Former Synthes Exec Sentenced to Eight Months in Norian Bone Cement Marketing Case

Another former executive of Synthes has been sentenced to prison over the company’s illegal testing and promotion of its Norian bone cement. According to a report from The Wall Street Journal, Richard E. Bohner, the former vice president of operations at Synthes, was sentenced to eight months by U.S. District Judge Legrome Davis during a hearing in Philadelphia yesterday. He is the fourth – and last – Synthes executive to be sentenced to jail time in the Norian bone cement scandal.

Norian XR Bone Cement was approved by the Food & Drug Administration (FDA) in 2002 for use in the arm, but not the spine. As we reported previously, Synthes and its Norian unit agreed last year to plead guilty to federal charges that between 2002 and 2004 they conspired to conduct unauthorized clinical trials using the bone cement in a type of spinal procedure. Federal prosecutors said three people died on the operating table while undergoing such procedures. Though it wasn’t proven that the Norian bone cement caused the deaths, regulators said they should have raised red flags about the product’s safety risks.

The FDA-approved label for Norian XR warns against use in the spine, and studies have shown that such use can cause clots that could become lodged in the lungs, leading to death. Synthes received a warning letter from the FDA in November 2004 regarding improper marketing of the product for vertebral compression fractures. Norian XR was finally pulled from the market after the warning letter was issued.

In sentencing the 57-year-old Bohner, Judge Davis said that his conduct and that of his colleagues at Synthes was “fundamentally wrong.

“You failed,” Davis said “You and the other defendants knew this course of conduct should never have occurred.”

Bohner was ordered to start servicing his prison term immediately.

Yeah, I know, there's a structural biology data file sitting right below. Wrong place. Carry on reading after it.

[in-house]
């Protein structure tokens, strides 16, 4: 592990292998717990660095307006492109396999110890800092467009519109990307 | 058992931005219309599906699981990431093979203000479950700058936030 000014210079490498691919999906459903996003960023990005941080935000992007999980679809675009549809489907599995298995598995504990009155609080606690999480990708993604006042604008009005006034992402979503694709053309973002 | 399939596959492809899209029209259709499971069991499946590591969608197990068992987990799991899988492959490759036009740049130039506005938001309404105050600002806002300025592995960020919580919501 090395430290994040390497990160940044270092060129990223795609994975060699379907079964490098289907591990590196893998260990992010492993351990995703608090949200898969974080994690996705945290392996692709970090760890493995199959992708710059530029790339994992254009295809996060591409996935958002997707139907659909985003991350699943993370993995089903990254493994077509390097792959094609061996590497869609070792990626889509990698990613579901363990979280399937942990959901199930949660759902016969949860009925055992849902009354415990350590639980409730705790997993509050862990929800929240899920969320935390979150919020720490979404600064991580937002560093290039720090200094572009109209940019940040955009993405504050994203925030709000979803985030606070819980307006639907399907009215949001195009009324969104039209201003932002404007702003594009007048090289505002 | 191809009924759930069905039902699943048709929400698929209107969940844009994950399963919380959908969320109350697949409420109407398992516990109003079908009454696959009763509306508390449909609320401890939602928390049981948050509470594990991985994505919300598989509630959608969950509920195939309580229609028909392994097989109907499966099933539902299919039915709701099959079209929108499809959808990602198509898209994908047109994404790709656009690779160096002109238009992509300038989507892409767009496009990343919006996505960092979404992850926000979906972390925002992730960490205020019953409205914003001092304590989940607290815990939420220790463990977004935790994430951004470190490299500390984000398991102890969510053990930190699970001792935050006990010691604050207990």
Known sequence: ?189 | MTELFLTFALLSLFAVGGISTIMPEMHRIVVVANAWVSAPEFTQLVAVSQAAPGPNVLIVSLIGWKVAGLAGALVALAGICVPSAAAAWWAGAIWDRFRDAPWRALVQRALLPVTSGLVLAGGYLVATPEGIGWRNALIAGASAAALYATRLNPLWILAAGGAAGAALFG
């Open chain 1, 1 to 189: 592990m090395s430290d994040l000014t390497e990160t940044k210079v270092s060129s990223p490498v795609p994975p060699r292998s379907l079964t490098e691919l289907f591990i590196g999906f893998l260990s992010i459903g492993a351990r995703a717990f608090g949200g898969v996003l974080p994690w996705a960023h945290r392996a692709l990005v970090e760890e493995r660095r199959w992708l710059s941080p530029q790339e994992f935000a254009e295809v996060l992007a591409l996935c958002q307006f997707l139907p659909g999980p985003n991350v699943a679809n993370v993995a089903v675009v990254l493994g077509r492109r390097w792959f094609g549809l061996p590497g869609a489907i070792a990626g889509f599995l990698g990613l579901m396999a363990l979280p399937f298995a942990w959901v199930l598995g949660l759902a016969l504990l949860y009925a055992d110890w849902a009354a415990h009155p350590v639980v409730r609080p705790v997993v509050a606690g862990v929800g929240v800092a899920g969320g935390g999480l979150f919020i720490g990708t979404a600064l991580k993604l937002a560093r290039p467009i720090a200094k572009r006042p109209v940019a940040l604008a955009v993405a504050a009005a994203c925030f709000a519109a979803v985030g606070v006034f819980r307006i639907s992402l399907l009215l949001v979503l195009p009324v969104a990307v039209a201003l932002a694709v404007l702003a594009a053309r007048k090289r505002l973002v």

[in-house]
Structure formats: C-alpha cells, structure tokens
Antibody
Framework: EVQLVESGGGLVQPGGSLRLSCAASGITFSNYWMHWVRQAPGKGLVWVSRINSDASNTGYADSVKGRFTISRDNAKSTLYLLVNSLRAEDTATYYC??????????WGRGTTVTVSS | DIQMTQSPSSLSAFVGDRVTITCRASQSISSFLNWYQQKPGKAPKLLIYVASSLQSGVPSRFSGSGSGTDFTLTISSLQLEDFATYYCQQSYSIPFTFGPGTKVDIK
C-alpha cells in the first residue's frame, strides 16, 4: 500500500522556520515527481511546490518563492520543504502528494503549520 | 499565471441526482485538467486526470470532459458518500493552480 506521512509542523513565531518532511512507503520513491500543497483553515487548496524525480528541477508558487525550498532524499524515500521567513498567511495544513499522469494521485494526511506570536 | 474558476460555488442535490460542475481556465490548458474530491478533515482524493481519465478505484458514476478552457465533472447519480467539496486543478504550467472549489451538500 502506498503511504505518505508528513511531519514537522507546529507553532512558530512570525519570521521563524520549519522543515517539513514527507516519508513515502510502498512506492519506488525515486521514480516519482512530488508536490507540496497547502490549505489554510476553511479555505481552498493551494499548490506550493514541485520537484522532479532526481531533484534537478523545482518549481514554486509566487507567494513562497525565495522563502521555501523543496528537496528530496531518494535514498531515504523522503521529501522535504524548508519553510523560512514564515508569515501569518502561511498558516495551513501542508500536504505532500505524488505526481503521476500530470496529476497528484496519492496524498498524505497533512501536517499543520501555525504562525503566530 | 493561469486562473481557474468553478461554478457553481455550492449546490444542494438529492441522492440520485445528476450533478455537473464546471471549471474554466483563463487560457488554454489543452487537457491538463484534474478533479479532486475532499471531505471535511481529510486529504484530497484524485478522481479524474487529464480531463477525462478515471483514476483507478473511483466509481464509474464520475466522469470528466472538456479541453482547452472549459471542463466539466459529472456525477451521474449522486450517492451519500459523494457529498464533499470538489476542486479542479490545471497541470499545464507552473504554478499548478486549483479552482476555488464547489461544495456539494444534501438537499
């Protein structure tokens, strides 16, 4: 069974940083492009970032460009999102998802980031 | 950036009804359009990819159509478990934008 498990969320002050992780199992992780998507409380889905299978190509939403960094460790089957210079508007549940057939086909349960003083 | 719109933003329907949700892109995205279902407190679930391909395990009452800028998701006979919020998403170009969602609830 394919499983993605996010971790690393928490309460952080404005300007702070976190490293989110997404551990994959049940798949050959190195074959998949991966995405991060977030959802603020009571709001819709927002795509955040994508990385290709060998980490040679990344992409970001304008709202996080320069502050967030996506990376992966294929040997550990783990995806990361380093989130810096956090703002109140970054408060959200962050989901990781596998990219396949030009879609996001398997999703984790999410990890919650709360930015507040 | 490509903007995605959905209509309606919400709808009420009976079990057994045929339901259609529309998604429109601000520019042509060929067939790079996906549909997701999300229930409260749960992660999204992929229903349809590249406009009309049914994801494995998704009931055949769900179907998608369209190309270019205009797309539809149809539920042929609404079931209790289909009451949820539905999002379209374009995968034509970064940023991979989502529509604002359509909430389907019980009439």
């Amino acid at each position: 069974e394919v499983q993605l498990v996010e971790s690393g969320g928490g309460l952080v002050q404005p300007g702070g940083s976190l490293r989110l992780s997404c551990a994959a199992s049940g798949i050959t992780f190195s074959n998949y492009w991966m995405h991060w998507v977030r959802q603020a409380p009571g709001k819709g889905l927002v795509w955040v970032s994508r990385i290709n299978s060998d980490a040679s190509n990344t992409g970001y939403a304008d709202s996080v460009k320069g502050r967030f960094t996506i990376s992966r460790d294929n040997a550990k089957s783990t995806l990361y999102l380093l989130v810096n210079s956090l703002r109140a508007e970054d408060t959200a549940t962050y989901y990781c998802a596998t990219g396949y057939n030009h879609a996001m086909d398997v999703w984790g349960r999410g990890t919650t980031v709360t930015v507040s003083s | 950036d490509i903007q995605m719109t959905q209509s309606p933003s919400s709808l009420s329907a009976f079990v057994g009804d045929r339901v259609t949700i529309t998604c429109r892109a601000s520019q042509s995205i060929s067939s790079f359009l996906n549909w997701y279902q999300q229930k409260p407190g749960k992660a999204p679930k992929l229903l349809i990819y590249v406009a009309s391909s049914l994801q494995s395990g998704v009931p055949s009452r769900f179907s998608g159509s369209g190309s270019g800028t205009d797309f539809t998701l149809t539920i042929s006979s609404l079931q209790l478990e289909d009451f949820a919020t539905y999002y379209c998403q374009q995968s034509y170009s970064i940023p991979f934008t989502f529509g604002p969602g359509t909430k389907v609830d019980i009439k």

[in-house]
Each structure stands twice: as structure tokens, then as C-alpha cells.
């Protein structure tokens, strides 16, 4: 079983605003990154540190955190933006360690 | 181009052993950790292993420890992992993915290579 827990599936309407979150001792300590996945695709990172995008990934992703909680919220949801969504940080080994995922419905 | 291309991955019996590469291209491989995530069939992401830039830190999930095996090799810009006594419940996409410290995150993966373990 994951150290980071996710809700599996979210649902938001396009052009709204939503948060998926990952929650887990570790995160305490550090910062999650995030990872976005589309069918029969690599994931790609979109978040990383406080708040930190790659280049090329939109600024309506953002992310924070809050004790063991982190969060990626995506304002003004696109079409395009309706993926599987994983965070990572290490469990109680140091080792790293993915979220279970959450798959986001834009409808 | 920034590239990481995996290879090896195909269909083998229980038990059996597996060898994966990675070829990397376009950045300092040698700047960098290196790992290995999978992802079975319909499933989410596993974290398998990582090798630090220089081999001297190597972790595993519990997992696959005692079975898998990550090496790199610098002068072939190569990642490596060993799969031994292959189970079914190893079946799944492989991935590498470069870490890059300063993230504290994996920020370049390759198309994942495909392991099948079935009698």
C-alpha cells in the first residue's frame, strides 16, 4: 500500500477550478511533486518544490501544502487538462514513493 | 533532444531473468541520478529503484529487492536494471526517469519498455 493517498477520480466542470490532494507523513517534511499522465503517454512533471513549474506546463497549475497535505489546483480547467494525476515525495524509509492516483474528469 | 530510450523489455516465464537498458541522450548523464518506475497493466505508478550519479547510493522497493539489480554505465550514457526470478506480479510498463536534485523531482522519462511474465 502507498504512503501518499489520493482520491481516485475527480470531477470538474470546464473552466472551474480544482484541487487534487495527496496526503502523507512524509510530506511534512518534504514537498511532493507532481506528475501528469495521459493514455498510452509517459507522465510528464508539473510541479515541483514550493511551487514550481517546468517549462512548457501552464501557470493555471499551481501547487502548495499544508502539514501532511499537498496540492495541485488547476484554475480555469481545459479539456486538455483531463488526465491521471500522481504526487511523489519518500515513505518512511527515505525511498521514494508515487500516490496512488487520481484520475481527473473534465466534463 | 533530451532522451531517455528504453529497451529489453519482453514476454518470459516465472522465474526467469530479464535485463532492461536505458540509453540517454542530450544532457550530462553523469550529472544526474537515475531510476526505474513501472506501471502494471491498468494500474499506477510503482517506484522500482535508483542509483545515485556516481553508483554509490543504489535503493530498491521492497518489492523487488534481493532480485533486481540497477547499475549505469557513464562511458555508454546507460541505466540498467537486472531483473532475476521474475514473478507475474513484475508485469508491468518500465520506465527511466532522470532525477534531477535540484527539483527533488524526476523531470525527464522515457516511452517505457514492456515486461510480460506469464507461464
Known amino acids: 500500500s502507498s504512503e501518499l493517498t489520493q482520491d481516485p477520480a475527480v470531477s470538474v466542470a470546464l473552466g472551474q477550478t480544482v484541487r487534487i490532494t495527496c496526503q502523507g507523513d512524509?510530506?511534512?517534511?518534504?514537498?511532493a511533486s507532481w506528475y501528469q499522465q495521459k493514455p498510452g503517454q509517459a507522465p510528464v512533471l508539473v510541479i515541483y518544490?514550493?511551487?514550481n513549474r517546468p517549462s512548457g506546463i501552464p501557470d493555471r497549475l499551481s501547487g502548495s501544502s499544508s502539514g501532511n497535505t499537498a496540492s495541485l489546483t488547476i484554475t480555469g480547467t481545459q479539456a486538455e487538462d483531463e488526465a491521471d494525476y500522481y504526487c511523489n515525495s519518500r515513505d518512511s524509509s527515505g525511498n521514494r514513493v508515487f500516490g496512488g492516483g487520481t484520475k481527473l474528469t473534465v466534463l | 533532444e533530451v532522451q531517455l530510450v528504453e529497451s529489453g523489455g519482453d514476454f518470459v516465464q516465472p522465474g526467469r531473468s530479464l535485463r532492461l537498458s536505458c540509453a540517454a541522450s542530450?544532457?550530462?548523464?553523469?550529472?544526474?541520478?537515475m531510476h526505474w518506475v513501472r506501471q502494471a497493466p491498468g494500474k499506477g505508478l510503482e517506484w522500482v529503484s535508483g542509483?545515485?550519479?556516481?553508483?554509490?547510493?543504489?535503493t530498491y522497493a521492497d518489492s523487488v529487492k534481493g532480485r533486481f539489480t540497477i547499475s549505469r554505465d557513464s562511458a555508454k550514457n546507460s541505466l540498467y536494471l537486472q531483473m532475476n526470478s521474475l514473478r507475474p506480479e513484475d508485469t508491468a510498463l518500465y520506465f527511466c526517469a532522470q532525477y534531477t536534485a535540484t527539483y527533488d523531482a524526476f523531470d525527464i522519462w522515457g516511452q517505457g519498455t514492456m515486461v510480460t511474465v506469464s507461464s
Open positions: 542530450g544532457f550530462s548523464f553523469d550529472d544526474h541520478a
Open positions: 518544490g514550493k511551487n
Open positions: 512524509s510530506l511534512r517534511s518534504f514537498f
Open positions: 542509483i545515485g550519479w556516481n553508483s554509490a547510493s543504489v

According to The Wall Street Journal, federal prosecutors had pushed Judge Davis to impose a 12-month sentence. But the judge agreed with the defense assertion that Boehner made some attempts to speak out against the illegal conduct, but should have done more. Boehner who was in charge of Synthes’ regulatory compliance, not only failed to exercise his oversight responsibilities, but he also was aware of the conduct and a participant, prosecutors said.

Last month, Judge Davis sentenced Michael D. Huggins, who was chief operating officer of Synthes, and Thomas B. Higgins, former president of the Synthes spine division, to nine months in federal prison Monday, John J. Walsh, former director of regulatory and clinical affairs in the Synthes spine unit, was sentenced to five months in prison. They and Bohner will also each pay a $100,000 fine.

According to The Wall Street Journal, the sentences are seen as a victory for the federal government, which has recently stepped up efforts to hold individual executives criminally responsible for corporate violations of food and drug laws. The cases were prosecuted under a principle known as the “responsible corporate officer doctrine, which holds executives in certain positions of authority criminally liable for such violations, even if they didn’t have direct knowledge of the underlying conduct.

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